By Michael J. Mandel
Good things come to those who wait. For the first time since the tech downturn hit in 2000, the U.S. economy seems to be picking up speed. The combination of low interest rates and big tax cuts means that consumers have the ability and the will to buy. Meanwhile, corporate executives are finally waking up from their long funk and realizing that it's sometimes necessary to spend money to make money.
That's why it makes sense to be optimistic about the second half of the year. For example, economists at UBS Securities project that the economy will grow at a 4% rate in the third and fourth quarters of 2003, up from roughly 2% in the first half. Other forecasters are roughly in the same range.
With the near term brightening, it's time to start thinking about the next few years: Are we going to have a strong innovation-driven boom like the 1990s, or will growth crawl along at a 2.5% rate or so? That's an important topic for everyone, whether you're an investor hoping for another stock-market boom or a worker hoping for another few years of good job creation, tight labor markets, and rising wages. And the early signs suggest that another period of strong innovation-driven growth is well within reach.
LOTS OF GOOD NEWS.
There's no guarantee, of course -- one of the distinguishing features of technological change is its unpredictability. Nevertheless, the underlying fundamentals are in place. One positive indicator is the revival of the information-technology industry, which was one of the key forces for growth in the 1990s. Corporate spending on tech is already up by 7% over the last year, according to government statisticians. And the durable-goods report from the Census Bureau, released Aug. 26, showed that new orders for computers and electronic products rising at a 33% annual rate over the last three months.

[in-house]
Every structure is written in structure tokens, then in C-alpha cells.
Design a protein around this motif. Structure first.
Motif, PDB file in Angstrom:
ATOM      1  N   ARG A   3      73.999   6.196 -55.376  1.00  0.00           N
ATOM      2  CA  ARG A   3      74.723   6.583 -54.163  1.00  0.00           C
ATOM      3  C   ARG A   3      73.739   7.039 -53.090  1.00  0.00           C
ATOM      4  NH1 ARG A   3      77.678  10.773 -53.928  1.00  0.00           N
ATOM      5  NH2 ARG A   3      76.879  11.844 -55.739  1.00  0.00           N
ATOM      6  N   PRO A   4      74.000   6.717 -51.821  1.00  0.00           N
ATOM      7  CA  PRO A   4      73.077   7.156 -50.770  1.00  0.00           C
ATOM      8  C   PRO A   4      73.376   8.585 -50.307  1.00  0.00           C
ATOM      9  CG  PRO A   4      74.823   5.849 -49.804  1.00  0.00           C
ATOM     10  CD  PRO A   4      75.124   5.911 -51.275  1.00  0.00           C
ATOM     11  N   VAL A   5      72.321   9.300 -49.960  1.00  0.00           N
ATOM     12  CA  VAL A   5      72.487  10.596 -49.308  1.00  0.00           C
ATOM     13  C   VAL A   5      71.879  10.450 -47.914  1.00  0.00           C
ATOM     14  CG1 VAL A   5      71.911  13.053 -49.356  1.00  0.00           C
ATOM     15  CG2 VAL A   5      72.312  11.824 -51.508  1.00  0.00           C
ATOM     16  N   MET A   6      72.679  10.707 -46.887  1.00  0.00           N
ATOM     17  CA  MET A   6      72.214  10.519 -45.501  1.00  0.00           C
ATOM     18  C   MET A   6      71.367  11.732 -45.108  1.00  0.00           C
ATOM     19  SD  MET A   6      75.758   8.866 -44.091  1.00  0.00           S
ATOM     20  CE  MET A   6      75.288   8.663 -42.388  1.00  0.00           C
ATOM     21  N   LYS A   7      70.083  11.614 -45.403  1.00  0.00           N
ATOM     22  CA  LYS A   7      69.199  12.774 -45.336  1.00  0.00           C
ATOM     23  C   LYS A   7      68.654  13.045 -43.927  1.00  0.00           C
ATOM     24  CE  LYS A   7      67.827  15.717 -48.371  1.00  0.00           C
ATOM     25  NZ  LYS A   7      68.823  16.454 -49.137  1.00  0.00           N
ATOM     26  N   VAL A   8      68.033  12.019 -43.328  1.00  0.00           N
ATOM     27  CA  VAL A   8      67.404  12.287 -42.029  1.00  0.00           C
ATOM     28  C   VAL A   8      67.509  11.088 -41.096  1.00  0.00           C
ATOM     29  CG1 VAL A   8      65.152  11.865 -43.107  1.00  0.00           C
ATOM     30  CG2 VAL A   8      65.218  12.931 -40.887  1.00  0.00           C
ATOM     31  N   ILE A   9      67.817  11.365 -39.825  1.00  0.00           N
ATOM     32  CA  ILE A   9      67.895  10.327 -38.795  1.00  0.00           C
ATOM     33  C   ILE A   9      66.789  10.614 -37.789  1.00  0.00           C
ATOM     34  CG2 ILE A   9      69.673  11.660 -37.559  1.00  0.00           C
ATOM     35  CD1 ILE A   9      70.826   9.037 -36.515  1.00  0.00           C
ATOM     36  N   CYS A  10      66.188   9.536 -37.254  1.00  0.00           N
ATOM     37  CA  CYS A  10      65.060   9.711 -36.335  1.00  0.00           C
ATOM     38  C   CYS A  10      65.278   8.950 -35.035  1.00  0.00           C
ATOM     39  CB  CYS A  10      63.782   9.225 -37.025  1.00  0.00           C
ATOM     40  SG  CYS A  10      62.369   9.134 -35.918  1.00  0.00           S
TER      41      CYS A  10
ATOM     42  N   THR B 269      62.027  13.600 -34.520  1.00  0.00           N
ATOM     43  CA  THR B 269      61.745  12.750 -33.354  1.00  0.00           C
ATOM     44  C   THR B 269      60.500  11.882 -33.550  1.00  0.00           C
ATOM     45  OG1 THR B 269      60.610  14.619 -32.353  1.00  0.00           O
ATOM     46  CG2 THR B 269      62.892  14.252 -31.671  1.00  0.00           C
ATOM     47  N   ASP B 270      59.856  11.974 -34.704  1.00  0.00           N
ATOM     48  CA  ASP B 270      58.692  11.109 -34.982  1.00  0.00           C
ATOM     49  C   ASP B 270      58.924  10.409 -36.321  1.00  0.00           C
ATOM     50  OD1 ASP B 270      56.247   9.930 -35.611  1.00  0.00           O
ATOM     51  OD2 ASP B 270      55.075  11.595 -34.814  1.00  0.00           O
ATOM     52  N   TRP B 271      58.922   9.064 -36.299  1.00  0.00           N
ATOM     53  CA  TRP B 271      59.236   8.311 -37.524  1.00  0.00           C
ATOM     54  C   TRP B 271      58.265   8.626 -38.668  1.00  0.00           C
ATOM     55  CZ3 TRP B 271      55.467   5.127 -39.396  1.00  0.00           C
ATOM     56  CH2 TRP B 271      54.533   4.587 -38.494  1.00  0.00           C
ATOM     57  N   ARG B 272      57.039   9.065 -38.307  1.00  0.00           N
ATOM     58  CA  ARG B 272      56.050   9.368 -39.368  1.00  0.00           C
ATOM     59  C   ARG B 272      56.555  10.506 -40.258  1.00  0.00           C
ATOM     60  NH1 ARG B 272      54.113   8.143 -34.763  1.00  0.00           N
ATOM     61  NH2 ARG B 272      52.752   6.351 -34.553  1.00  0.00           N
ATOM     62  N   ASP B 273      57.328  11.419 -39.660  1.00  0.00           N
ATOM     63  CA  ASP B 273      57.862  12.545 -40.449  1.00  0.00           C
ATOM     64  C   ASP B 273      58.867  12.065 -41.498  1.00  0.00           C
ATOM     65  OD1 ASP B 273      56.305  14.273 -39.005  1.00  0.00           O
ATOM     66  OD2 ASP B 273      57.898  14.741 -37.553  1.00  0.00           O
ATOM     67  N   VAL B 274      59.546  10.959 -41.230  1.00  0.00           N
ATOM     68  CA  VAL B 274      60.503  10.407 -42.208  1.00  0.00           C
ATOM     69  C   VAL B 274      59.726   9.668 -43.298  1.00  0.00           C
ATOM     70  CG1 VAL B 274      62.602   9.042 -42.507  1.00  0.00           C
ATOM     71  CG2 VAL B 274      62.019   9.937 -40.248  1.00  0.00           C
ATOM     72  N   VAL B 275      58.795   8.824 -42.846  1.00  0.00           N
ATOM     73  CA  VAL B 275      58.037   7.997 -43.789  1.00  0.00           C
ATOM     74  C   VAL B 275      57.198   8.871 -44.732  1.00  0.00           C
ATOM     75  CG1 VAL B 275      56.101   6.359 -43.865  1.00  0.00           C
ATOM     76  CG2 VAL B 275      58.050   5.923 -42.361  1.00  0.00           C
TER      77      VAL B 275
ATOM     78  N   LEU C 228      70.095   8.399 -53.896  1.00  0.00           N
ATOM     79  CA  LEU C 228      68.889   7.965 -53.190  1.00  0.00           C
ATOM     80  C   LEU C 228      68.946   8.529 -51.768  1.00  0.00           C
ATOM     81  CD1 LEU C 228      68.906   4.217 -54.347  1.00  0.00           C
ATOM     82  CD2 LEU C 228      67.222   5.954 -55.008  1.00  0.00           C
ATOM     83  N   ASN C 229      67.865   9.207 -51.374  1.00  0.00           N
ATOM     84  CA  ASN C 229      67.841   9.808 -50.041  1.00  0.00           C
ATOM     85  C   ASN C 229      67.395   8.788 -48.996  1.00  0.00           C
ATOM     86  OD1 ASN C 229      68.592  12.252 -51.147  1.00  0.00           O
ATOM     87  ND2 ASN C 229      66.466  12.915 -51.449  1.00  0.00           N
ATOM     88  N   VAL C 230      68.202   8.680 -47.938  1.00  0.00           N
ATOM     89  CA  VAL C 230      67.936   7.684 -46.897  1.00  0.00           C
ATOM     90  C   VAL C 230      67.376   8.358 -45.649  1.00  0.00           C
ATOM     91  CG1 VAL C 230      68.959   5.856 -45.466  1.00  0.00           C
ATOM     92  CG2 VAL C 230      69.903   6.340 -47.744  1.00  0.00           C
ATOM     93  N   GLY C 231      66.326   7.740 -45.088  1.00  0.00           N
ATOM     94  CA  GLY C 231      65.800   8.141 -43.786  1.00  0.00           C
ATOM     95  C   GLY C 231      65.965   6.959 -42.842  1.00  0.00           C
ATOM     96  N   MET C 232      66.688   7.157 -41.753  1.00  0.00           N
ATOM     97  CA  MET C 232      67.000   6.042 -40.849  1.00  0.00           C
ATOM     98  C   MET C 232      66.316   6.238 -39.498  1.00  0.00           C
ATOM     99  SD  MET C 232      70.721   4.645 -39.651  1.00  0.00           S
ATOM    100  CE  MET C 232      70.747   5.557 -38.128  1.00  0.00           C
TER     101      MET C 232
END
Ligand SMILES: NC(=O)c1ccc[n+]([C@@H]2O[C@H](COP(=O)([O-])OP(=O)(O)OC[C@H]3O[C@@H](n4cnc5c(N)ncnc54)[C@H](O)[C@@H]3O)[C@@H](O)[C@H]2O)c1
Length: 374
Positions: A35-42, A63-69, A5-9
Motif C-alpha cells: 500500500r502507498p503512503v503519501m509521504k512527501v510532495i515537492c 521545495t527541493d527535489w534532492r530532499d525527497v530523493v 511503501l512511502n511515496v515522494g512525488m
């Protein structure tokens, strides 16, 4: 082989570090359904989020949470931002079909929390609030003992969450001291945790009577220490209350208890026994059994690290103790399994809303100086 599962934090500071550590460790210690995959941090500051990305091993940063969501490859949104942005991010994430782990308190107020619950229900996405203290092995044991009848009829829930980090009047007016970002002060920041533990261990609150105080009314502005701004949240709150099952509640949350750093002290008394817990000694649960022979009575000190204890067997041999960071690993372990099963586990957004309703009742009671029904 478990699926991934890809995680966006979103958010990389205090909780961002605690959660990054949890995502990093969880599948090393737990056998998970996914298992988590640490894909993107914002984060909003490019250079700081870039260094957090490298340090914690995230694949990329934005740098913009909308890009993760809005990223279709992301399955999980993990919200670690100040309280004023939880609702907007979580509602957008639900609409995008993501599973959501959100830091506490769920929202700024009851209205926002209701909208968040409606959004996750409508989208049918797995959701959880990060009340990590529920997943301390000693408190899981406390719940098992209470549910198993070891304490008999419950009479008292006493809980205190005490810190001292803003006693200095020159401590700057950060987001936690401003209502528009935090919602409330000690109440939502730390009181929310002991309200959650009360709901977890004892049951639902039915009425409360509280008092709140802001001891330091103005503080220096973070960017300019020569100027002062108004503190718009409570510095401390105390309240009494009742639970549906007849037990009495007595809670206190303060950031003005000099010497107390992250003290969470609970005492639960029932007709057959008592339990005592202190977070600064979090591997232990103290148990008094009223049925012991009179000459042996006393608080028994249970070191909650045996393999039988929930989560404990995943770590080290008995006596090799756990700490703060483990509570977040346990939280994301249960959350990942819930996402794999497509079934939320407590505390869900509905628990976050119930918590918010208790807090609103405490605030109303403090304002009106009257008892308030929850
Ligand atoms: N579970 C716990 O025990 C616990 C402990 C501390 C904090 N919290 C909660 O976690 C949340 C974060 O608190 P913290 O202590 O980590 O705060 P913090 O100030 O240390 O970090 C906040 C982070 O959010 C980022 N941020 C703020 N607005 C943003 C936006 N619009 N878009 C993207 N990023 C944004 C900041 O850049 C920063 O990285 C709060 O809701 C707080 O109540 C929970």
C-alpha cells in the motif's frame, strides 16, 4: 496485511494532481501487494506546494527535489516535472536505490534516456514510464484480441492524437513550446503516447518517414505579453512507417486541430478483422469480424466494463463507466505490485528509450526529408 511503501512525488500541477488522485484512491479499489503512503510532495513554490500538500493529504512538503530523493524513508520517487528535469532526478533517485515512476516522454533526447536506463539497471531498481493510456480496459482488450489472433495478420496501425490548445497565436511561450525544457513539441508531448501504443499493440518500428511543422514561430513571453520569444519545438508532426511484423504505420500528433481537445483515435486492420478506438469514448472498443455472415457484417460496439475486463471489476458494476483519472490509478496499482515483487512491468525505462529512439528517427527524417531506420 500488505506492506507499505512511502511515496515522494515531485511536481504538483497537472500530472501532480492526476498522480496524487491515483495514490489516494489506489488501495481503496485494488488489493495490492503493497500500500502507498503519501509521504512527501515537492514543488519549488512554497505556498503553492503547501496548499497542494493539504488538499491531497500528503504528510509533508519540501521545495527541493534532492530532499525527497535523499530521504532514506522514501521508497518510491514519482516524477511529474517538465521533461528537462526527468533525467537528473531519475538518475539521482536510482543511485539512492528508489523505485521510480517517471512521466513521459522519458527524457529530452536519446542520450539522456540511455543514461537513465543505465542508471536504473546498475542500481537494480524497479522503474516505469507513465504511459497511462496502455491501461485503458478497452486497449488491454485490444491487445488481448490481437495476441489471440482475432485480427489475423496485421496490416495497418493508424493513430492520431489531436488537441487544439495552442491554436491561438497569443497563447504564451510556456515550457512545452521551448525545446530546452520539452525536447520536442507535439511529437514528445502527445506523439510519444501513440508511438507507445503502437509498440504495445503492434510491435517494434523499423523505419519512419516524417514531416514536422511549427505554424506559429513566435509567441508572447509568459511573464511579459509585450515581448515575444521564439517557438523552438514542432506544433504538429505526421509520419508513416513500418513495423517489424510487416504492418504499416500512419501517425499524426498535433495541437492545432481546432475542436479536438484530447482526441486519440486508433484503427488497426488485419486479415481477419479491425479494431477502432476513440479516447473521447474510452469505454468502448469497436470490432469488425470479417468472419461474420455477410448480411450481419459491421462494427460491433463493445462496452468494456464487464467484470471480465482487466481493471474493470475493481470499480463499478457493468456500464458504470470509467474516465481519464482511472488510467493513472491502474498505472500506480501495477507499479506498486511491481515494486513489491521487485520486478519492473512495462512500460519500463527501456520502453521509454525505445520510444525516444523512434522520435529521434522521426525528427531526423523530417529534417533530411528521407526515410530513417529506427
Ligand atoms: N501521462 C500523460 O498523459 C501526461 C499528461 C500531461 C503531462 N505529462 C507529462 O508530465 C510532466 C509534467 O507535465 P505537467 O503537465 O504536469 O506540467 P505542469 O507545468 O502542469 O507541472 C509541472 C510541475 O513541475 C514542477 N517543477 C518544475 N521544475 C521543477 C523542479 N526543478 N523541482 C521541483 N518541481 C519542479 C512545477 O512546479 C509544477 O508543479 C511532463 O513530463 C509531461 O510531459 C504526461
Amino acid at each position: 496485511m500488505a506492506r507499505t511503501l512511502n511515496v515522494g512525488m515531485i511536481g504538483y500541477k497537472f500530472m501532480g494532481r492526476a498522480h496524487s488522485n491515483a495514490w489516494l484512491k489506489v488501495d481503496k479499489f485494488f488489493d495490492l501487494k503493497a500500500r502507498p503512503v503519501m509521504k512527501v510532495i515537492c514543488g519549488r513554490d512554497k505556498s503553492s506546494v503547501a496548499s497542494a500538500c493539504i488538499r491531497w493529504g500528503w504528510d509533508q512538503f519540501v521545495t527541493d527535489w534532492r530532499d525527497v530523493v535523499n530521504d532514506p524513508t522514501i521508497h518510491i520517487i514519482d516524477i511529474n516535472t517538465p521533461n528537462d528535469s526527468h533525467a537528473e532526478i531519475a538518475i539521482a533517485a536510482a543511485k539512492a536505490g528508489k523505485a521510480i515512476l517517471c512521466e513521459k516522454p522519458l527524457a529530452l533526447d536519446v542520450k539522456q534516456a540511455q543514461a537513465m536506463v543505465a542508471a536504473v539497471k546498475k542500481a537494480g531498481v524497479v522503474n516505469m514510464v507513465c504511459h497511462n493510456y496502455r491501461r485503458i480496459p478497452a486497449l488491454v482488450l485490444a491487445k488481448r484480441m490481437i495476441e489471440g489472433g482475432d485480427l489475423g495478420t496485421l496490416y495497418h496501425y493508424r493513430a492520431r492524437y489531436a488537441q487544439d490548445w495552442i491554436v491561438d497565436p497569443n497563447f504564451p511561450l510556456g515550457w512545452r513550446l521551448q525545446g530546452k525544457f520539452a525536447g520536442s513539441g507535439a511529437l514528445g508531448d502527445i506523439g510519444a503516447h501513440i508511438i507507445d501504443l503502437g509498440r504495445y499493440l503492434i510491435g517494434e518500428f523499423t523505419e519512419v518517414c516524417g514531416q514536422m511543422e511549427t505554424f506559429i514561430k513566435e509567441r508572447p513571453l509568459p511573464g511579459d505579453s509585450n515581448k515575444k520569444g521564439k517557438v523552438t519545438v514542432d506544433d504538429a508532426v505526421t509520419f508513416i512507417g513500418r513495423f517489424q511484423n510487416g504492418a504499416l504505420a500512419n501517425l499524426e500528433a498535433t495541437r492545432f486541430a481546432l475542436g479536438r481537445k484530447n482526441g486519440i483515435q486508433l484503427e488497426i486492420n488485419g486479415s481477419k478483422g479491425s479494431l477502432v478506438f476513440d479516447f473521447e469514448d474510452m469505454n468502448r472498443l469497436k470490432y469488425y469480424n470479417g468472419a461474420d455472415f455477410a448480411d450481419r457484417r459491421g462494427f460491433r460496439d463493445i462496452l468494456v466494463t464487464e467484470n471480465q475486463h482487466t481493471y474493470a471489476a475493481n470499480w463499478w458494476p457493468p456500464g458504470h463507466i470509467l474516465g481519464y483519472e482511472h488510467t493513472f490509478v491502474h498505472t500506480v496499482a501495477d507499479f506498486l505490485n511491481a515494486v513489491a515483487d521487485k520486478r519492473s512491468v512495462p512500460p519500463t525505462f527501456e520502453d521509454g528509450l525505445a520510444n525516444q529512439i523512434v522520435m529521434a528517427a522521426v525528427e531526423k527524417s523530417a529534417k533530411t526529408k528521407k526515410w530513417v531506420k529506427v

If current trends continue, by the end of 2003, business tech spending could be up by 10%, vs. the previous year. That's quite a respectable pace. In fact, it's faster than tech spending increased in the early 1990s, during the recovery from the previous recession.
Another piece of goods news is that the venture capital and the initial public offering markets -- which help finance innovation -- are showing some small signs of life again. Venture investments were up a bit in the second quarter of 2003, compared to the previous quarter. And the pace of IPOs, while still slow compared to the halcyon days of 2000, is picking up.
SOME WARNING SIGNS.
Equally important, the VC investments and IPOs are spread across a wide range of industries, rather than just being concentrated in information technology. That's crucial, since the next strong expansion will have to be built on innovation across a broad range of areas, such as biotech and energy.
There are still a few cautionary notes to consider. The stimulus from monetary and fiscal policy coming out of Washington could very well be exhausted before the next wave of innovation arrives. It may well feel like a stop-start economy in 2004, and even in 2005, with bursts of growth interspersed with periods of weakness. That's similar to 1994 and 1995, before the last boom really got going, when the economy grew at an annual pace of 5% or faster in some quarters, and as slow as 0.8% in others. There are also signs that the housing market may be peaking just the recovery is picking up steam (see BW Online, 8/27/03, "Housing's Threshhold of Uncertainty").
Still, in the end, economic growth is about innovation -- coming up with new ideas, funding their development, and turning them into profitable products and services. And that's where the U.S. economy shines.
Mandel is chief economist for BusinessWeek in New York